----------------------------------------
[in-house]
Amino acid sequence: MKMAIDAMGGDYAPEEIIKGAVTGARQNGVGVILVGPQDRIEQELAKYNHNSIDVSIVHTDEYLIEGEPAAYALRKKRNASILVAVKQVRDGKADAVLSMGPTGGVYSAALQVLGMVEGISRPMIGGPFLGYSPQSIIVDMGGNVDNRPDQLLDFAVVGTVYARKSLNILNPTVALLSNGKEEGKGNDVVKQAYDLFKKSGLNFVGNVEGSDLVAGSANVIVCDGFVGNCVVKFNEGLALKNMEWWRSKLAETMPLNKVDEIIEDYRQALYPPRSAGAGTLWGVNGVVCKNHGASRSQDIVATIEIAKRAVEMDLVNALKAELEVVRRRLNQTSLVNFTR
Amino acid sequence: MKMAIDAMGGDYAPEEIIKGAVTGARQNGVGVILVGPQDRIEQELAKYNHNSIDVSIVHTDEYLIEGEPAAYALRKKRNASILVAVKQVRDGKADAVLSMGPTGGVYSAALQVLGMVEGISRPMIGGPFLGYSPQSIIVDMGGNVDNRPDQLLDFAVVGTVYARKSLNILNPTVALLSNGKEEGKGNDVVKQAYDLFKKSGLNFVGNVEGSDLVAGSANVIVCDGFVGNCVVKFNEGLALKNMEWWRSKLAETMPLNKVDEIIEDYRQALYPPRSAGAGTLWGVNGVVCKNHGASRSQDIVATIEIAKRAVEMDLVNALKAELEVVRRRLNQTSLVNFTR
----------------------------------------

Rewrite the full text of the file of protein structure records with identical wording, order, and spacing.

[in-house]
Amino acid sequence: MKMAIDAMGGDYAPEEIIKGAVTGARQNGVGVILVGPQDRIEQELAKYNHNSIDVSIVHTDEYLIEGEPAAYALRKKRNASILVAVKQVRDGKADAVLSMGPTGGVYSAALQVLGMVEGISRPMIGGPFLGYSPQSIIVDMGGNVDNRPDQLLDFAVVGTVYARKSLNILNPTVALLSNGKEEGKGNDVVKQAYDLFKKSGLNFVGNVEGSDLVAGSANVIVCDGFVGNCVVKFNEGLALKNMEWWRSKLAETMPLNKVDEIIEDYRQALYPPRSAGAGTLWGVNGVVCKNHGASRSQDIVATIEIAKRAVEMDLVNALKAELEVVRRRLNQTSLVNFTR
Amino acid sequence: MKMAIDAMGGDYAPEEIIKGAVTGARQNGVGVILVGPQDRIEQELAKYNHNSIDVSIVHTDEYLIEGEPAAYALRKKRNASILVAVKQVRDGKADAVLSMGPTGGVYSAALQVLGMVEGISRPMIGGPFLGYSPQSIIVDMGGNVDNRPDQLLDFAVVGTVYARKSLNILNPTVALLSNGKEEGKGNDVVKQAYDLFKKSGLNFVGNVEGSDLVAGSANVIVCDGFVGNCVVKFNEGLALKNMEWWRSKLAETMPLNKVDEIIEDYRQALYPPRSAGAGTLWGVNGVVCKNHGASRSQDIVATIEIAKRAVEMDLVNALKAELEVVRRRLNQTSLVNFTR